Overall, I'd say that the movie is an interesting watch if you're an English-speaking fan of Japanese baseball; there are some great segments of interviews with guys like Sachio Kinugasa and Masanori Murakami, done in Japanese and subtitled in English, and even some amusing stories from guys like Doug DeCinces and Gabe Kapler. And of course, you can see people like me and Michael Westbay babbling as well (and, embarassingly, you can hear me sing Hichori's ouenka. I think that was my biggest "OMG MUST TURN OFF THE DVD NOW" moment when watching it).

I will also say that there are definitely times when it drags; notably when Lance is trying to make a point about how World War 2 was Very Very Bad and there's like 5 minutes of various footage that doesn't really add to the movie as a whole.

Anyway, the actual reason I'm writing this post right now is that if you happen to be in the Bay Area, the movie is going to be screened at the Other Cinema in the Mission district of San Francisco, and you can meet Lance and ask him questions about the movie and all. It'll be shown on September 25th at 8:30pm, I believe.

Also, it's really embarrassing, but I did actually write a post about the filming and just never took it out of the draft pile on here because I was busy and absentminded, so here's my post about the movie filming if it didn't already show up backdated on your RSS readers.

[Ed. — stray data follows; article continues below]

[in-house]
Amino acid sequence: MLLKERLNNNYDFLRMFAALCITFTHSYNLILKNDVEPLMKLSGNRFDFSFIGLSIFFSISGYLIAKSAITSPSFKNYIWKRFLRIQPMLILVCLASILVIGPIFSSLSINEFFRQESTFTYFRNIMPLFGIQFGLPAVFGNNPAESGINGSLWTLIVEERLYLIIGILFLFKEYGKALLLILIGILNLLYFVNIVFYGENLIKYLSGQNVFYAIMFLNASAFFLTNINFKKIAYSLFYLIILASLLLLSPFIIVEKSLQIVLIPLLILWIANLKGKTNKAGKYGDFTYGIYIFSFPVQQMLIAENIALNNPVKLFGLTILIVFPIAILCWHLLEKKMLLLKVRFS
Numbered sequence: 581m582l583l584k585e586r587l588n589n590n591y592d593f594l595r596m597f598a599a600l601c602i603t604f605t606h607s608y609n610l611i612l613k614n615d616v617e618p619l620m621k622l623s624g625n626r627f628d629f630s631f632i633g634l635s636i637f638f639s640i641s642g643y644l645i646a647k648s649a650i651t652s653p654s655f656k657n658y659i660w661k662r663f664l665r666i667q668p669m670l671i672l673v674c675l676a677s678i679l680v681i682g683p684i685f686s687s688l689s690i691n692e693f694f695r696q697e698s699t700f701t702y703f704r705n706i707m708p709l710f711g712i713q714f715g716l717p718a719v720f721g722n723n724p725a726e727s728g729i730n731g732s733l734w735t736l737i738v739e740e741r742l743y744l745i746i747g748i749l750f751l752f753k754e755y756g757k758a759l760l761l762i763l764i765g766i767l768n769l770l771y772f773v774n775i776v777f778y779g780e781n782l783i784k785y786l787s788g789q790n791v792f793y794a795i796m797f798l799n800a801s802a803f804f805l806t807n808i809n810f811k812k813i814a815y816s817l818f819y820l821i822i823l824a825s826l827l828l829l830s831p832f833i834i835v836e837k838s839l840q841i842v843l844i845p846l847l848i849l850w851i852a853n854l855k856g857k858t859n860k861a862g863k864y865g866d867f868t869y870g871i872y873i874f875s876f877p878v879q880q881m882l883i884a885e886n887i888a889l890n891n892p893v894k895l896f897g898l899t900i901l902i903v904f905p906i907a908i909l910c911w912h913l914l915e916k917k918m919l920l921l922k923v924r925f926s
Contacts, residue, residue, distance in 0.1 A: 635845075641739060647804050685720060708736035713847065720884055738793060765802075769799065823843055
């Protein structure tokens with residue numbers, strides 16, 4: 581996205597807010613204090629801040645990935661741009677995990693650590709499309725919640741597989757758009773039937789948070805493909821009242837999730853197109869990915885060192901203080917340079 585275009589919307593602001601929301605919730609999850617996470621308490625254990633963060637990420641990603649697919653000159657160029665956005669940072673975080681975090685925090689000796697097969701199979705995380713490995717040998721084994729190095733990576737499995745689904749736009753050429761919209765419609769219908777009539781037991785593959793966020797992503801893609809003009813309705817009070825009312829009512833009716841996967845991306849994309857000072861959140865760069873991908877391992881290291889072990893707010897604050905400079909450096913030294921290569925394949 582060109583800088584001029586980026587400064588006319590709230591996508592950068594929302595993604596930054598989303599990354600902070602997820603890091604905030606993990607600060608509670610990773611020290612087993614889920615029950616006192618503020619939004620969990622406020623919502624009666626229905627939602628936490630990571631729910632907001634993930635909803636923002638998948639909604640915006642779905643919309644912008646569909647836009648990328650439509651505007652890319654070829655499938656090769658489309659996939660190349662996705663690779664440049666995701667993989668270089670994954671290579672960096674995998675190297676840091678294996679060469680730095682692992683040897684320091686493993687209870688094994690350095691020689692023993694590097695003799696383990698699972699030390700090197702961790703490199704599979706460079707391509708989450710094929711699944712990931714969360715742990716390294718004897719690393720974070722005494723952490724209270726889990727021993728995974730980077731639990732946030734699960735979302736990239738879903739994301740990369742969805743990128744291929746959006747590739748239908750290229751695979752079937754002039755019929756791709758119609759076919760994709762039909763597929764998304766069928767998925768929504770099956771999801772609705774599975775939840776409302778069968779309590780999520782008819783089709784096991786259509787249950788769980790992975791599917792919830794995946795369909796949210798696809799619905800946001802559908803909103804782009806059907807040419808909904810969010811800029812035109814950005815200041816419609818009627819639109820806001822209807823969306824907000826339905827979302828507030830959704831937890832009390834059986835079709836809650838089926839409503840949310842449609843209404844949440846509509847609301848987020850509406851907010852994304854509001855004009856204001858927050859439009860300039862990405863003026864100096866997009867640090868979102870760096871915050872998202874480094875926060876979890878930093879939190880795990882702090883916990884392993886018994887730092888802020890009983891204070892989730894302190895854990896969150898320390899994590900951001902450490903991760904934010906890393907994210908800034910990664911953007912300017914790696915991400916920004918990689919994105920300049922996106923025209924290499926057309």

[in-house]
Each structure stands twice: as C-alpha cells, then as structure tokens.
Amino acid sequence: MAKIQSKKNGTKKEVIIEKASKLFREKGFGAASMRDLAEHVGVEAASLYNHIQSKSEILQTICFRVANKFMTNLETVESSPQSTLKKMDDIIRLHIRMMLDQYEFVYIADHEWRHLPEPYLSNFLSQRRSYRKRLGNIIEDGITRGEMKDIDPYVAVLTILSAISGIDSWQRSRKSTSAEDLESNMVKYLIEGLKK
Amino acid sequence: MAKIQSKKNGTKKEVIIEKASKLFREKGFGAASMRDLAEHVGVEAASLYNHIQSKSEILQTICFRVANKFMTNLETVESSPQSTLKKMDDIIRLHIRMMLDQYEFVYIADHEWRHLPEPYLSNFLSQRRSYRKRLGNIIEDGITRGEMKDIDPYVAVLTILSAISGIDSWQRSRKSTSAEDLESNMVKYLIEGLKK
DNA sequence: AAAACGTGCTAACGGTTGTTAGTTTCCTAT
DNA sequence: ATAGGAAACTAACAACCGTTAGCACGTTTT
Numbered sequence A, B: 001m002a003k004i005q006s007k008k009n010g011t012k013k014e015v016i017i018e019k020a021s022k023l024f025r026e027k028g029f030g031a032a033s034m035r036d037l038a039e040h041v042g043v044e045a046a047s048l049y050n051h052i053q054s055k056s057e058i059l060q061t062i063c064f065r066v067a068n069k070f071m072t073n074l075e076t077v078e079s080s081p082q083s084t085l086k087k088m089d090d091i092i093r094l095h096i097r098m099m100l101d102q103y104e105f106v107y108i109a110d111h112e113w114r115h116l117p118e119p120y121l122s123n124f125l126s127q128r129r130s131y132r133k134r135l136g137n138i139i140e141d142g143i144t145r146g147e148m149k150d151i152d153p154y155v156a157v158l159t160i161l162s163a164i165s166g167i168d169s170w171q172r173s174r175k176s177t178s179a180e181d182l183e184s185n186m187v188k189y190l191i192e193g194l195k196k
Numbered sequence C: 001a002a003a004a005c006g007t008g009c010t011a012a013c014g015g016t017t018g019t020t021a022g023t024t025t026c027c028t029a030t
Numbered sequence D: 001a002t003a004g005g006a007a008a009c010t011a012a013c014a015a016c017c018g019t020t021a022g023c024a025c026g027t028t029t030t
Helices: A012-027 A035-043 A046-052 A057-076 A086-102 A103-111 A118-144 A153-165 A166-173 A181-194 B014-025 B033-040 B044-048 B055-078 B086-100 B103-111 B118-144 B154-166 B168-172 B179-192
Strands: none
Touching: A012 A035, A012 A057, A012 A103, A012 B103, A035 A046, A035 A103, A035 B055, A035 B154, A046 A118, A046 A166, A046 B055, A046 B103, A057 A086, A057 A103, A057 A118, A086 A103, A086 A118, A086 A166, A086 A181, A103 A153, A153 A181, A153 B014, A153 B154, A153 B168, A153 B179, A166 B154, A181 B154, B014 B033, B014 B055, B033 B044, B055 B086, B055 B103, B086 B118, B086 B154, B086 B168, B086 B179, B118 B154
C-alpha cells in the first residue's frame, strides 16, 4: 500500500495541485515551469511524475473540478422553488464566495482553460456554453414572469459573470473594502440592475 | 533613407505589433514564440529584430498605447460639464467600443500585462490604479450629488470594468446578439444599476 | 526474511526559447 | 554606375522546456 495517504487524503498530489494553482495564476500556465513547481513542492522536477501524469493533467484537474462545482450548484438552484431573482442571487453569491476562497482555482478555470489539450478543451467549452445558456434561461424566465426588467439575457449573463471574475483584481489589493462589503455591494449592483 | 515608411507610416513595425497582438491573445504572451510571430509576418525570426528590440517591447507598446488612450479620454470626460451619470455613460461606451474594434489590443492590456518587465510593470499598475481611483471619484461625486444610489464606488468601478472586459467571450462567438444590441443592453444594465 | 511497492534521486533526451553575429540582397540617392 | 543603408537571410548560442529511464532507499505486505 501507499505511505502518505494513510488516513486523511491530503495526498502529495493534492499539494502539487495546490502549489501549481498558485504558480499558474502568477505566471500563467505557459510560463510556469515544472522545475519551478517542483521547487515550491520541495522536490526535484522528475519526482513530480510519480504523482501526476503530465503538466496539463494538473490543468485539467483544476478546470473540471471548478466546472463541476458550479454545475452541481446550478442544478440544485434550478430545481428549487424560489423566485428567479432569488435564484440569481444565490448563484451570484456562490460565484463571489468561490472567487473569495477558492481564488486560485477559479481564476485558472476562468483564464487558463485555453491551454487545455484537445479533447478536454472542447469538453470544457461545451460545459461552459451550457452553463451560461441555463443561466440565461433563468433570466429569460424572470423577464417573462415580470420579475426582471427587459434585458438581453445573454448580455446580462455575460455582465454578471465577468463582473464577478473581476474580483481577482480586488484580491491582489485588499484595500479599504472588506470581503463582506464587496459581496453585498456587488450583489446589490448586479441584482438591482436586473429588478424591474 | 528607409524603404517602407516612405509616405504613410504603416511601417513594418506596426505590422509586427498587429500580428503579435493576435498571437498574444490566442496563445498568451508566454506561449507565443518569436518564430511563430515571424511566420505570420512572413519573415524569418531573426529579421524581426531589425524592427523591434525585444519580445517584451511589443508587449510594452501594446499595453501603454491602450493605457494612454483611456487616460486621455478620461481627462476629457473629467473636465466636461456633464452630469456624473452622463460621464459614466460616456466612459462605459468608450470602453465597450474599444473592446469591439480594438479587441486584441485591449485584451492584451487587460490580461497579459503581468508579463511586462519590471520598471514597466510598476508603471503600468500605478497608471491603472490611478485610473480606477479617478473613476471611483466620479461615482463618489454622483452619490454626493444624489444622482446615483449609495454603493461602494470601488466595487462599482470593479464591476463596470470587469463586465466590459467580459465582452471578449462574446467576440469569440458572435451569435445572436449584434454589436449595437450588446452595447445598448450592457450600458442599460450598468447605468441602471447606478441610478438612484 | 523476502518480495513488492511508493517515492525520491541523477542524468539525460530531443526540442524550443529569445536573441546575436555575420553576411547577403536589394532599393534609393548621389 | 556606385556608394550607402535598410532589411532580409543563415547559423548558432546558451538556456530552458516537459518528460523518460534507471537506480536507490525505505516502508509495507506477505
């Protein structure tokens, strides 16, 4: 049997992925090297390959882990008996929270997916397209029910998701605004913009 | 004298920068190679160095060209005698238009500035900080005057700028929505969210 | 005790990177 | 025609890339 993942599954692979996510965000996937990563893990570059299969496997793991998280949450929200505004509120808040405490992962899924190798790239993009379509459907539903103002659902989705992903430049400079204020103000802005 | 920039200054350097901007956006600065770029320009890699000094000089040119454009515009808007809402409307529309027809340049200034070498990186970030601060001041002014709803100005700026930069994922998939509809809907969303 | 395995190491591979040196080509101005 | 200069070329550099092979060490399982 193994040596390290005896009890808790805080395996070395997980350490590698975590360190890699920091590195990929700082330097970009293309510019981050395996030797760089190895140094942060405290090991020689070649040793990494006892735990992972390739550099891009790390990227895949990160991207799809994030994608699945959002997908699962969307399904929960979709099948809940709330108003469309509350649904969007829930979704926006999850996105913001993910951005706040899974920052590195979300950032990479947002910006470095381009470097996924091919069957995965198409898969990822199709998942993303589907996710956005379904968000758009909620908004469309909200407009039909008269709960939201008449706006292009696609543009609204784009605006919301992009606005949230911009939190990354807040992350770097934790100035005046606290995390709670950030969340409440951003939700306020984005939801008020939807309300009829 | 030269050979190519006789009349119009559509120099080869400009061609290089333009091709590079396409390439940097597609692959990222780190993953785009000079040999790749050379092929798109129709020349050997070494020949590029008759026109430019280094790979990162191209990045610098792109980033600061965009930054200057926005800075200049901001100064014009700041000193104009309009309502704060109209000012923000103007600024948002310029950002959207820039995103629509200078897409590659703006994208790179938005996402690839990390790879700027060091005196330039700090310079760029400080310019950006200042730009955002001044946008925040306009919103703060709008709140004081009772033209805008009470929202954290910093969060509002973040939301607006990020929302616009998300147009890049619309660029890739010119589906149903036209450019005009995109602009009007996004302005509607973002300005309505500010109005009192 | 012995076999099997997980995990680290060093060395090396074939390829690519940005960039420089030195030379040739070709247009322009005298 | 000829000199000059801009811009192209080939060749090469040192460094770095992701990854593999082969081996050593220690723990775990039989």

Thursday, September 16, 2010

Tokyo Big 6 University League Autumn 2010 Baseball Card Set

Okay, now that I am no longer sniping NPB Card Guy, I can finish this post :)

I'm probably one of the biggest dorks about Tokyo Big 6 baseball; I've been going to games since I moved here in 2007, and have been at enough of them in the last two years that I've been promoted from "oh, a gaijin" to "oh, THAT gaijin" among the Jingu regulars and even some of the players.

The "Handkerchief Generation" has spurred a lot of Tokyo Big 6 merchandising, including DVDs and calendars, and since spring 2008, a special card set box for each semester. I realize BBM would probably love nothing more than to make a "Yuki Saitoh" box instead of a "Tokyo Big 6" box. Too bad. This set is required to represent all 6 teams in the Tokyo Big 6 league equally, even if Tokyo University has only won 2 games (and lost 50) since the inception of the set.

You can see a few card samples on the official BBM page -- pictured there are the cards for Daisuke Takeuchi (K), Yuki Saitoh (W), Yusuke Nomura (M), Soichiro Tanaka (R), Kisho Kagami (H), and Shuhei Iwasaki (T).